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The story I want to tell is about a world where one side of the planet always is sunlittenand the other side is always drenched in blank. The planet once stopped rotating (tangential meeting with a black hole). That is, it makes one rotation a year.

So, when the planet was still having a day-night rythm, there was a variety of life, comparable to life in Earth. The story deals with the problem how to stay alive in this world. Can this be achieved by simply traveling the planet, so an artificial kind of night and day are achieved? Can people (human-like aliens) survive by going underground? Lets rule out spacetravel as this seems too far-fetched to me.

One problem will be how to keep flora and fauna, necessary for food, alive. One side of the planet will become very hot, while the other becomes extremely cold. Maybe the best place is the transient region between dark and light. There will be a huge temperature gradient there though. Will this cause massive storms.

Animals start to die one by one and the living daylights get dimmer and dimmer. What to do?

Science and technology are advanced. There are hyperfast parallel computers, every means of transport and communication, gene regulation knows no borders, biotech is advanced, even the atmosphere can be manipulated. There is not enough energy though to give the Earth a reboot though.

What can they do? Is all life doomed?

There are animals that can live in the dark. Assuming the animals to be similar to here on Earth (I could have used the Earth I guess...): https://animals.mom.com/animals-that-live-in-dark-cool-places-12573467.html

There are bacteria that can live in the hot, cold, and dark. Mamals will die out soon though.

We have the theory of the eyeball planet, as adviced in the comment below. It shows how such a planet is gonna look like. Mercury is such a planet (like our moon with us, tidally locked with the Sun).

Im not asking if life is possible in a tidally locked planet. The mechanism for the dimished rotation is different and it's pretty clear to me that life on such a planet is difficult, if not impossible. When nothing is done. I'm asking if the alien people can find ways to survive without leaving their home planet. What else can I add?

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  • $\begingroup$ Comments are not for extended discussion; this conversation has been moved to chat. $\endgroup$
    – L.Dutch
    Aug 5, 2021 at 3:32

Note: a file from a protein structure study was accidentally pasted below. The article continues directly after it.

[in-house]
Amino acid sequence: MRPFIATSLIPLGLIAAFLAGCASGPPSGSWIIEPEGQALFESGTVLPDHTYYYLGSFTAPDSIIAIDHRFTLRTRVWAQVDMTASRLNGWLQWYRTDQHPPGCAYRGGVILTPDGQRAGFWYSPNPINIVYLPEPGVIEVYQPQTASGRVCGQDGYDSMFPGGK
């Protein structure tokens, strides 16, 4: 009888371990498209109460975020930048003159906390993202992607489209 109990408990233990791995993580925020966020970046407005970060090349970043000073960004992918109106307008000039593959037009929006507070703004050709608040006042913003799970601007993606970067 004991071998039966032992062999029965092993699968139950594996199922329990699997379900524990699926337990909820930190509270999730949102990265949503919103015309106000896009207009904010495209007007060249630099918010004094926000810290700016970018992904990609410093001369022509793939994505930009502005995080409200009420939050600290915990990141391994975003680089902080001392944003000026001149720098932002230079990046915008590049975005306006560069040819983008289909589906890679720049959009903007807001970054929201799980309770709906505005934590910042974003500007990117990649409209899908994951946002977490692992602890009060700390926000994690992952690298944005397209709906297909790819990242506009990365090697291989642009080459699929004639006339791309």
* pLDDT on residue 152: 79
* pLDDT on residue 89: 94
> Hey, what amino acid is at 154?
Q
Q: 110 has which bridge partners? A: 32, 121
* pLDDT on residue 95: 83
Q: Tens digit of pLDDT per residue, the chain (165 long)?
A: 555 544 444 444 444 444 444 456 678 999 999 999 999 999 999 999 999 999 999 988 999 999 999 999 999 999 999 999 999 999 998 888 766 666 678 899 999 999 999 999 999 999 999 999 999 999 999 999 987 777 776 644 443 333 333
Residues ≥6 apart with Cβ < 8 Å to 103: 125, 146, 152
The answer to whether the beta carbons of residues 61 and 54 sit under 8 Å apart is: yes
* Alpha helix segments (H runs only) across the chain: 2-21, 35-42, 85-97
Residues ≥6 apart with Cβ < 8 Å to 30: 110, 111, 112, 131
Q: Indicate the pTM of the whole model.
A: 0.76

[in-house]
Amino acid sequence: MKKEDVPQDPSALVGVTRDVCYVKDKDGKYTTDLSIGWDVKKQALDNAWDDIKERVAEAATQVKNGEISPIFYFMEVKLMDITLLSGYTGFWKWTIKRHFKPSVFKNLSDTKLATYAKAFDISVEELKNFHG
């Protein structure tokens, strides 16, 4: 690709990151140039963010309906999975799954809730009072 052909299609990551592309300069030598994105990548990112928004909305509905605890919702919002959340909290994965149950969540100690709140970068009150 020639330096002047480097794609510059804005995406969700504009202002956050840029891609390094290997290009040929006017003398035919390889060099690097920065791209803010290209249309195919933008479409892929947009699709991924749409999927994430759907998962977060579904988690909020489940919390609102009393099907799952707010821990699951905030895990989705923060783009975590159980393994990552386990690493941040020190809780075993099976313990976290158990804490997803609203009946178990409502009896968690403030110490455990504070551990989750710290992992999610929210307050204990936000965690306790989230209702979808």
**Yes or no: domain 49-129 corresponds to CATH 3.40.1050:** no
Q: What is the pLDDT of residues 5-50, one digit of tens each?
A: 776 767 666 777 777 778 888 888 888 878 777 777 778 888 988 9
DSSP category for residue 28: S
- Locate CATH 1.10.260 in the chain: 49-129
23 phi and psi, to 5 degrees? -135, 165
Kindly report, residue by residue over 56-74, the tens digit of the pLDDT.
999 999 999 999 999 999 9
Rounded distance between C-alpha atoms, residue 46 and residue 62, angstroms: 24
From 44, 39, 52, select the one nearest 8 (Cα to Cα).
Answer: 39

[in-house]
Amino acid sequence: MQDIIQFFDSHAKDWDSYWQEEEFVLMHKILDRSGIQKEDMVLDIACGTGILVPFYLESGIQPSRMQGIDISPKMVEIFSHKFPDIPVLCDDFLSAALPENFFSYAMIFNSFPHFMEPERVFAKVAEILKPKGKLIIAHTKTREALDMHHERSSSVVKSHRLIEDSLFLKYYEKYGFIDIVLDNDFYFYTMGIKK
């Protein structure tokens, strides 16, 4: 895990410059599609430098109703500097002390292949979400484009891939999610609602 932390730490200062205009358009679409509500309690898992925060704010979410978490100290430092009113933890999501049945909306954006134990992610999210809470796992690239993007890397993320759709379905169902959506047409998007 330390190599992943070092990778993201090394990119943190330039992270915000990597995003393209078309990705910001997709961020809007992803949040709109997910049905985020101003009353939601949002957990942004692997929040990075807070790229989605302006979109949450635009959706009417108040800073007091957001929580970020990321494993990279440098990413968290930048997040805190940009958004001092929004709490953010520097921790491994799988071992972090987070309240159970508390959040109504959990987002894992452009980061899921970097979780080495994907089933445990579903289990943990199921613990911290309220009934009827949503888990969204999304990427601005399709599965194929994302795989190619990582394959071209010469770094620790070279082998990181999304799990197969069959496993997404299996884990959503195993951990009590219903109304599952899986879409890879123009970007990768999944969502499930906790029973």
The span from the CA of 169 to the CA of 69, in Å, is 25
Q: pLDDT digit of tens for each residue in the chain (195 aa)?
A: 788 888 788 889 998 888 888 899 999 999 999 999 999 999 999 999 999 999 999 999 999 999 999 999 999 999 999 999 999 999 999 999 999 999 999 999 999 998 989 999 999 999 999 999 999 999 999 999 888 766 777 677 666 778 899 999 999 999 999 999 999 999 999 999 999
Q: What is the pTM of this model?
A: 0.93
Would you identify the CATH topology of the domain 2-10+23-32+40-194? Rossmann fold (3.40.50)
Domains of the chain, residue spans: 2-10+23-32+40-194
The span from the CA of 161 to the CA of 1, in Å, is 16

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Many astrobiologists believe that such tidally locked worlds would be uninhabitable for beings like humans, or even totally lifeless.

They believe the water would boil on the day side and flow in strong winds to the night side and there freeze solid, never to melt again. And the atomosphere would turn to liquid and then solid on the night side, and so create a wind blowing fromt the day side to the night side and constantly freezing out more and more of the atmosphere.

For example, Stephen H. Dole. in Habitable Planets For Man, 1964, believed that a planet would have to orbit so close to a low mass and low luminosity star that it would become tidally locked by the star's gravity and thus suffer from enternal day on one side and eternal night on the other side. Dole used that to calculate the minimum mass for a star to have a planet habitable for humans.

https://www.rand.org/content/dam/rand/pubs/commercial_books/2007/RAND_CB179-1.pdf[1]

Recently, some scientists have claimed that the situation for tidally locked planets might not be as "Dole full" as that.

This pessimism has been tempered by research. Studies by Robert Haberle and Manoj Joshi of NASA's Ames Research Center in California have shown that a planet's atmosphere (assuming it included greenhouse gases CO2 and H2O) need only be 100 millibars (0.10 atm), for the star's heat to be effectively carried to the night side.[83] This is well within the levels required for photosynthesis, though water would still remain frozen on the dark side in some of their models. Martin Heath of Greenwich Community College, has shown that seawater, too, could be effectively circulated without freezing solid if the ocean basins were deep enough to allow free flow beneath the night side's ice cap. Further research—including a consideration of the amount of photosynthetically active radiation—suggested that tidally locked planets in red dwarf systems might at least be habitable for higher plants.[84]

https://en.wikipedia.org/wiki/Planetary_habitability#Red_dwarf_systems[2]

https://web.archive.org/web/20110814012947/http://crack.seismo.unr.edu/ftp/pub/gillett/joshi.pdf[3]

http://www.as.utexas.edu/astronomy/education/spring02/scalo/heath.pdf[4]

And no doubt there are other discussions of factors affecting the hypothetical habitabilty of tidally locked planets.

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Such bodies tend to not be very hospitable to life. The dark side will get extremely cold, the light side extremely hot. If there is an atmosphere this is somewhat alleviated by the heat being dispersed in the boundary zones, but this will result in extremely violent and permanent storms, not ideal either.

You can (and some authors have tried, including Asimov and I think Niven, so you're in good company) envision life existing in deep cracks and canyons in that border zone, shielded from the worst of the winds.

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